“I can’t believe this is the last class. Eight weeks flew by,” Bucky commented, pulling on his apron as he and Clint adjusted their work station, pulling out pots, pans, spatulas and measuring cups from the cupboards beneath.
“It flies when you’re having fun, and time with me is always fun,” Clint cracked, taking a swig of water as their classmates settled in around them.
Bucky groaned. “You and that ego, doll. A match made in hell.”
Clint blushed and waggled his eyebrows, plopping down on his bar stool when Chef walked to the front of the room.
“Alright, cooks! I would like to congratulate you on making it to the end of the term with no major injuries, burns, or breakdowns! I’m impressed with all of you overall, and your progress. Ms. Evans, your chicken cordon bleu was heavenly, and Mr. Barton, I think I speak for us all when I say thank you for your wonderful rhubarb muffins last week.”
Bucky elbowed Clint teasingly, and Clint stuck his tongue out in his general direction, face heating with the recognition.
“For your last task, I’ve chosen something both truly challenging but also fun, something that you can individualize while still taking some technical risks and putting the techniques that you learned from week one into use. Does anyone remember week one?”
“Eggs!” came multiple responses. Chef nodded.
“Eggs! We know they are versatile and can be tricky to perfect. The only guideline that I would like you to follow for your last dish with us is that you must utilize eggs. Otherwise, be adventurous while you try your hand at...breakfast!” Chef’s face broke out into a wide grin when there were both cheers and groans at the task. Clint was pretty happy; he made a mean pancake, and now that he knew how to properly scramble a decent egg and make fruit compotes he was pretty sure that he could whip up something delicious that he may or may not be willing to share.
Next to him, Bucky looked pained. Clint sat beside him for a minute, writing down the ingredients that he needed from the fridge and pantry while others around them hustled and bustled. Bucky’s notepad sat empty.
“What’s up, buttercup? You intimidated by a bit of breakfast?” Clint joked.
“Shut it. Breakfast for us back then was usually plain oatmeal and fruit, or porridge or some shit. I can make toast? And I think I can do the sunny side up eggs, but that’s. It’s not.” Bucky looked up sharply at Clint, accusations in his eyes. “You’re gonna make something all delicious and fancy and I’m gonna make slop that you’re gonna hate.”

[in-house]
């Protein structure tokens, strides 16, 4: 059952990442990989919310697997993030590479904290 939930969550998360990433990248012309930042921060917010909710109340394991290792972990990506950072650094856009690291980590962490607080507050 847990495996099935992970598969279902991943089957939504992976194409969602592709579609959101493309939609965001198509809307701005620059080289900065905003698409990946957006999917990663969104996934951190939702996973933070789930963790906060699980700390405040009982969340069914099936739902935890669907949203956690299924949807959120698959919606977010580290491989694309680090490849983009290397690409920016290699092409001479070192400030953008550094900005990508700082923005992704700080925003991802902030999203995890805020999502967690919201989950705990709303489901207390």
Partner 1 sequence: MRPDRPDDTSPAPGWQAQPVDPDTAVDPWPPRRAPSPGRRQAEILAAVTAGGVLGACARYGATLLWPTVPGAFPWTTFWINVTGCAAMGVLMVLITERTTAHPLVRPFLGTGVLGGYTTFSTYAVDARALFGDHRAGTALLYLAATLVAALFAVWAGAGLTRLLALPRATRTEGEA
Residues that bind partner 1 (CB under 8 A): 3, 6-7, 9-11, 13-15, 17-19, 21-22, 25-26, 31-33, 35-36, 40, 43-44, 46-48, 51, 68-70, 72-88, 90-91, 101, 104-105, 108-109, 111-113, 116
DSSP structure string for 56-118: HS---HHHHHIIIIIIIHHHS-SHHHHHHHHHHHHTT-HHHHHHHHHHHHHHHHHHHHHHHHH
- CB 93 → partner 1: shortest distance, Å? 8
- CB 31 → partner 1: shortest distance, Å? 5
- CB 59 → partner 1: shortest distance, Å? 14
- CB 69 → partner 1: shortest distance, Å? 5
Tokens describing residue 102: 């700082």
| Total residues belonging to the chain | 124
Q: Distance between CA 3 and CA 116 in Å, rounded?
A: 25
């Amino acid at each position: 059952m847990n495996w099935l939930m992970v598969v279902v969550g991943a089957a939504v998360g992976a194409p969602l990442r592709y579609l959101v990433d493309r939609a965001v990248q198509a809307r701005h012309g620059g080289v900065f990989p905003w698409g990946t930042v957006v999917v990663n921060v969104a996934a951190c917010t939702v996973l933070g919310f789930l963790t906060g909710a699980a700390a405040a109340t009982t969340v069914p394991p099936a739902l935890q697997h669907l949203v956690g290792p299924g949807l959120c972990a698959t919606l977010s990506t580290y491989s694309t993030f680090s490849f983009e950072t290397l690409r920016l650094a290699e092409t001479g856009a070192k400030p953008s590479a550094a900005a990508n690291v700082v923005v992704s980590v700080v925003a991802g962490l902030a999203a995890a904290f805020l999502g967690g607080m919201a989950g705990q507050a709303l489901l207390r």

Butterflies swarmed Clint’s stomach. “Aw, Buck, no. I can help you out, not that I think you need it. I’m not gonna hate it. I will literally snack on days-old pizza crust, Bucky, what even.”
Bucky’s cheeks turned a brilliant shade of pink as he looked over at Clint. He bit his lower lip, and fuck if Clint could pull his eyes away from that.
“Maybe this isn’t how I imagined making breakfast for you the first time,” Bucky blurted, the words rushed and quiet.
Clint had jumped out of airplanes, off of the sides of buildings, had been sprung into the air by Cap’s shield and had piggy-backed on Hulk a few times and yet the thrilling sensation of his stomach dropping out of his body through his feet had never been so strong.
“Oh?” Clint asked, trying and failing for casual.
“...Yeah,” Bucky breathed, not meeting Clint’s eyes, and that was bullshit and not allowed because Bucky’s eyes? Stunning.
Clint reached out slowly, cupping his hand beneath Bucky’s chin and adjusting his gaze until their eyes met. Bucky didn’t shove him away, and Clint moved his thumb back and forth over the edge of Bucky’s jaw, his scruff pleasantly massaging Clint’s skin.
“I’ll make you a deal,” Clint offered, trying not to grin, trying not to falter. “You help me make breakfast tonight, right here, and tomorrow morning I’ll help you make breakfast at my place.”
Bucky exhaled as though he had been sucker punched. “I. That. Yeah, sweetheart. You got yourself a deal.”
Clint did grin then, and Bucky shifted to plant a kiss on the palm of Clint’s hand.
When Carol turned the lights on in the sad, cold church basement room in order to prepare for the next group meeting, the first thing she adjusted was the podium at the front. Before she budged it an inch, she noticed a baby blue envelope sitting on the podium face. When she picked it up and flipped it over to see her name scrawled in chicken scratch on the front, she was uncertain if she should open it or simply toss it.
She would challenge her group to show bravery, to use cognitive coping to address their heightened levels of anxiety and fear. Therefore, after a few minutes of breathing and thinking herself out of catastrophizing, Carol opened the envelope.
Inside she found a card. It was unsigned, but it was a lovely Thank You card all the same.